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What do you have planned for your retirement? Travel? More time with family? Hobbies? A new business venture?
Encountering a large amount of debt as you enter retirement may shrink your options.
Clients who are facing this obstacle come to me asking, “Should I use my retirement savings to pay off debt?”
The short answer is no, unless it’s unavoidable. Why do I say this?
1. There are considerable tax implications. If the money comes from an IRA, a 401(k), or a similar tax-deferred retirement account, you will owe income taxes on all the money withdrawn. If you withdraw $10,000 and are in the 25 percent income tax bracket, you will incur a tax liability of $2,500. If you absolutely need to net $10,000, you will need to withdraw $13,333.
2. You may incur an income tax penalty. If you are younger than 59½, you will incur a tax penalty of 10 percent on top of any normal income tax liability for a distribution from a tax-deferred retirement account. That $10,000 withdrawal would now cost you $3,500. There are a few exceptions to this rule.
A 401(k) plan is required to allow participants to take a hardship withdrawal. Under certain circumstances, you might have to repay the debts, but these distributions are also fully taxed and subject to penalties, if applicable.
3. You’ll be behind in your retirement savings. You might have good intentions and say to yourself that once the debts are paid off, you will have extra money with which to build up your retirement savings. Some folks will be able to do this, but most of us will find another use for the money. Further, if you’ve lost a job or seen your compensation reduced, this is even harder to do.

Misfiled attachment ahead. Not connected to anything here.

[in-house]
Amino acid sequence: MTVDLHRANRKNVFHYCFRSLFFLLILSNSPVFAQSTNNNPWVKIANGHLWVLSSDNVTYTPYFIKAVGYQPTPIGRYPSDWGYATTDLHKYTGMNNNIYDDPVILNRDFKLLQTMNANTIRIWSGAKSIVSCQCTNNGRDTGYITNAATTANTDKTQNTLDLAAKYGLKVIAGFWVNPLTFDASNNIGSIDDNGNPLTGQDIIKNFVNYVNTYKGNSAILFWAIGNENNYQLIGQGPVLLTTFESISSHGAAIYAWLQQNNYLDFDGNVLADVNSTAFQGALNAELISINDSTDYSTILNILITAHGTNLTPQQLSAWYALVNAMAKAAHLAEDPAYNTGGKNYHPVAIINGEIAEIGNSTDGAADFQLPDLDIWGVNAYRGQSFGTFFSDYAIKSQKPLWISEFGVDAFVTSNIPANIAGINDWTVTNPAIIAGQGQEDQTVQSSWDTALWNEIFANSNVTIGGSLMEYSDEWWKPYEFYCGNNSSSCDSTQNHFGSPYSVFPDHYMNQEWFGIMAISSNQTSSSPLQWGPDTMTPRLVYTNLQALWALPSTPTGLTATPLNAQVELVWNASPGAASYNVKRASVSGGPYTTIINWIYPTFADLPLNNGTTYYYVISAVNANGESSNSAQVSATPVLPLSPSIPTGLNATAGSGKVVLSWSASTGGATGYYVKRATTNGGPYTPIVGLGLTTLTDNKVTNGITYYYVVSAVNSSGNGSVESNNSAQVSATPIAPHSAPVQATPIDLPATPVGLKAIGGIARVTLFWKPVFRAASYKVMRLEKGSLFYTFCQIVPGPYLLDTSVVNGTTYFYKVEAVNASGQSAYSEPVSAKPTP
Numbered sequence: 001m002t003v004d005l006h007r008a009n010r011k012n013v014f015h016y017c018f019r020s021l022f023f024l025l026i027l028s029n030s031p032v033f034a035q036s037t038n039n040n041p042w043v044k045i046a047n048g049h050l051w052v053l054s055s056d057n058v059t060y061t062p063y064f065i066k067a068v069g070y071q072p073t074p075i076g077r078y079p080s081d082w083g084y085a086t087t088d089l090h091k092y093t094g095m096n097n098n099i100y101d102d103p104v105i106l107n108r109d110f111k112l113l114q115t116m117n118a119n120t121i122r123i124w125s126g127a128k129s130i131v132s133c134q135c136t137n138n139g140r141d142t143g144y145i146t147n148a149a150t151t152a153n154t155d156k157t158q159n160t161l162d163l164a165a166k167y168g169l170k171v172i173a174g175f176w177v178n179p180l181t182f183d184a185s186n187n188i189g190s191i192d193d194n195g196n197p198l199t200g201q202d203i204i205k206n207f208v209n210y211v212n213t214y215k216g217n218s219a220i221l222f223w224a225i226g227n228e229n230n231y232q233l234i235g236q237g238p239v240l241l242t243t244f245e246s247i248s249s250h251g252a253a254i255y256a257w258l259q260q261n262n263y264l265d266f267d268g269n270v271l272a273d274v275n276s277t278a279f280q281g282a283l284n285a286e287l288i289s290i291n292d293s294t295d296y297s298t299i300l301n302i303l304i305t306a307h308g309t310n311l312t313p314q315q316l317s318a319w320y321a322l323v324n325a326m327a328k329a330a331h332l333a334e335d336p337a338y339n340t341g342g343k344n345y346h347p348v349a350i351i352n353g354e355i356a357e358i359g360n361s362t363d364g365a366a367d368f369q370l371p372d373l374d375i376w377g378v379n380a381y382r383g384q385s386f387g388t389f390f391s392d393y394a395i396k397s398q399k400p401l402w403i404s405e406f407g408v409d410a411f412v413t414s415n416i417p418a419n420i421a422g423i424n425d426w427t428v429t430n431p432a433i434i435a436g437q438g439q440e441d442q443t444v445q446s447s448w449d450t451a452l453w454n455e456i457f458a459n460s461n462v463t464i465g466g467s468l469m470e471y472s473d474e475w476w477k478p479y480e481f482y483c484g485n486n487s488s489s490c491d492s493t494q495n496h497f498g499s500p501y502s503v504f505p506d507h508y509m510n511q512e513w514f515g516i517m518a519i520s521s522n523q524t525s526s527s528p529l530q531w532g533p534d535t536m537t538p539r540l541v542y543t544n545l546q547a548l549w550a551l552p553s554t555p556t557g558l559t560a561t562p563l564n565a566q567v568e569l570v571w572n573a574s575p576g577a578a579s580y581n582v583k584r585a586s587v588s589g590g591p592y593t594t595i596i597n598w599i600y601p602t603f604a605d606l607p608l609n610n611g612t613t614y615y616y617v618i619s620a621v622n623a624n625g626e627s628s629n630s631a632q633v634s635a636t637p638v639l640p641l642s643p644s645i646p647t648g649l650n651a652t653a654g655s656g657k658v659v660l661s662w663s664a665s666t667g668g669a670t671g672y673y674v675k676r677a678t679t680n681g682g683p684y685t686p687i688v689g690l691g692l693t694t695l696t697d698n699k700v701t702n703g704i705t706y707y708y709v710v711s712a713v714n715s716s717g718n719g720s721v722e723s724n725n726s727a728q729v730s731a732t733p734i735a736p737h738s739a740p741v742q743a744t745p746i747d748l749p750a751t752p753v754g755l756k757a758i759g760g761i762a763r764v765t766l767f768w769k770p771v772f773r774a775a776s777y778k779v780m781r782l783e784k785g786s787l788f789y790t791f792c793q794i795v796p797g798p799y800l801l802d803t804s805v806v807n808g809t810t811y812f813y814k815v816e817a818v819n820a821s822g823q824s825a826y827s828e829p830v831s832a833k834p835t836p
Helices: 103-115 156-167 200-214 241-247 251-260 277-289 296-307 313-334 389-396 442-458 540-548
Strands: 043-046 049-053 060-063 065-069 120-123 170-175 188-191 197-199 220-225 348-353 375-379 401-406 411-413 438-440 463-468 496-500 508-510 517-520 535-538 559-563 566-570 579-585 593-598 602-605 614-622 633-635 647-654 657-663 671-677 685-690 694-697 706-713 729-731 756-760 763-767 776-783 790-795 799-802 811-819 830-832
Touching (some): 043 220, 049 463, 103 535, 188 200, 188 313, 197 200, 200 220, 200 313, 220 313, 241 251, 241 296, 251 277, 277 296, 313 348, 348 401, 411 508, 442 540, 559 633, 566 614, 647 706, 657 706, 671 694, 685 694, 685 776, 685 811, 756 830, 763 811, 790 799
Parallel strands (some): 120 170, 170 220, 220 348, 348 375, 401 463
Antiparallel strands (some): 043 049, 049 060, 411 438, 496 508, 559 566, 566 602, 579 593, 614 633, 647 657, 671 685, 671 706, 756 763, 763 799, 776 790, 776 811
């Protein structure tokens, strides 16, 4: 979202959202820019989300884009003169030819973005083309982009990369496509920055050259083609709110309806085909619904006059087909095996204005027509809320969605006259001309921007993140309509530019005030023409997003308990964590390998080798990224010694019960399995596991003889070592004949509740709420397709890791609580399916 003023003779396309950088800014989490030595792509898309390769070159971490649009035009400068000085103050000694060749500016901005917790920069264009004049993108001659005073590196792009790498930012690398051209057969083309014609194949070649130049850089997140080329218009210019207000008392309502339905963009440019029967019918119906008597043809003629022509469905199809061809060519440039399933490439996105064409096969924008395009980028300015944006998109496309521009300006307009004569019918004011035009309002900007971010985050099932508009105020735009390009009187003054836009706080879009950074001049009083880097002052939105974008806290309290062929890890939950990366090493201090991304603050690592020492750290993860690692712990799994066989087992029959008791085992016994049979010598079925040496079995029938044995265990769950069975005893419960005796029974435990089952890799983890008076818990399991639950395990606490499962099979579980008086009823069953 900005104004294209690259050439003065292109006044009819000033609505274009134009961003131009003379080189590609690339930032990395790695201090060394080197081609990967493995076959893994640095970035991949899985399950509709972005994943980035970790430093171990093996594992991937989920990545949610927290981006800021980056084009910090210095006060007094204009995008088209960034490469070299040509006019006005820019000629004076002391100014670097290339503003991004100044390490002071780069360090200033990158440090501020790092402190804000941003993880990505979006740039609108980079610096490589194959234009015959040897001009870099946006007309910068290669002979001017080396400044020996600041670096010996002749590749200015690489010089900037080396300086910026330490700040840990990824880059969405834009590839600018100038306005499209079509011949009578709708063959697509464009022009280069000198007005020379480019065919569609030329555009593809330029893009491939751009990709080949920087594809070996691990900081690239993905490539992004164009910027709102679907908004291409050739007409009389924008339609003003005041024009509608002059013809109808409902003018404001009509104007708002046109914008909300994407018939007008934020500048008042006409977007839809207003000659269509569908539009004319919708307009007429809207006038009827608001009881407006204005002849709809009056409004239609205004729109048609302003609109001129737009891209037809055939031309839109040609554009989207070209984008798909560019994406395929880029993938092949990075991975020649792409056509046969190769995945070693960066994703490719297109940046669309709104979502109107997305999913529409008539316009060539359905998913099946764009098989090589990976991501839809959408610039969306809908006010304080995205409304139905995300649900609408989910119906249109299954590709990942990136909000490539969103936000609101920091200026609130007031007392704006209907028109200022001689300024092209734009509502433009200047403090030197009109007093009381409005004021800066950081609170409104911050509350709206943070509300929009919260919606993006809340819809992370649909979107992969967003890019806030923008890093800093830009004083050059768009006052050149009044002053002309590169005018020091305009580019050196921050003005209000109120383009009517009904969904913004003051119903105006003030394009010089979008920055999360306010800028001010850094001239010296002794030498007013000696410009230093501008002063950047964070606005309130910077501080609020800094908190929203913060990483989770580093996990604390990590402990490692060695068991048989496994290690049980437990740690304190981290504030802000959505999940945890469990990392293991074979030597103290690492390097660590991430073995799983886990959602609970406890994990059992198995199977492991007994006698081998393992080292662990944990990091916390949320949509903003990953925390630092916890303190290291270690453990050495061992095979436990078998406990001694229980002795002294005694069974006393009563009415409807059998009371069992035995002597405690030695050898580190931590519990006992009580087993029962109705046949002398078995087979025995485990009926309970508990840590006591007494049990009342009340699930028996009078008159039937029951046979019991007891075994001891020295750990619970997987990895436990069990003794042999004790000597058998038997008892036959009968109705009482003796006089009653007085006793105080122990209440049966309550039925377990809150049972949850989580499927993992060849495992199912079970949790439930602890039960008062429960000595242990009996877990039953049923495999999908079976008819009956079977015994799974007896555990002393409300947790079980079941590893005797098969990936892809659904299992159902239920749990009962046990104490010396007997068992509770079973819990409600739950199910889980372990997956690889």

4. You may start to regard your retirement account as a piggy bank. Retirement savings should be left alone to compound for retirement. These plans were not designed to be saving accounts, hence the steep tax penalties for early withdrawal.
If you absolutely must use retirement savings to pay off debt, make sure you get the biggest bang for your buck.If you’re paying off a mortgage, mortgage interest is tax-deductible. You have to look at the after-tax cost of the loan to determine your rate of return from paying off the mortgage. Credit card debt is not tax-deductible and generally carries a higher rate of interest than a mortgage. Compare the interest saved with the potential forgone return on investment and the tax liability associated with the retirement plan distribution to get an idea of your return from using retirement savings to pay off debt.
Roger Wohlner, CFP®, is a fee-only financial advisor at Asset Strategy Consultants in Arlington Heights, Illinois. Roger provides advice to individual clients, retirement plan sponsors and participants, foundations, and endowments.
The information contained in this blog post is designed to generally educate and inform visitors to the Equifax Finance Blog. The blog posts do not give, and should not be assumed to provide, personalized tax, investment, real estate, legal, retirement, credit, personal financial, or other professional advice. Before making any financial decision, you should always consult with the appropriate professionals who can explain your options, rights, and legal responsibilities, and advise you on any tax, legal, credit, or business implications that may result from those decisions. The views and opinions expressed by the authors of blog posts are their own views and may not be the views or opinions of Equifax, Inc. and/or its affiliates.
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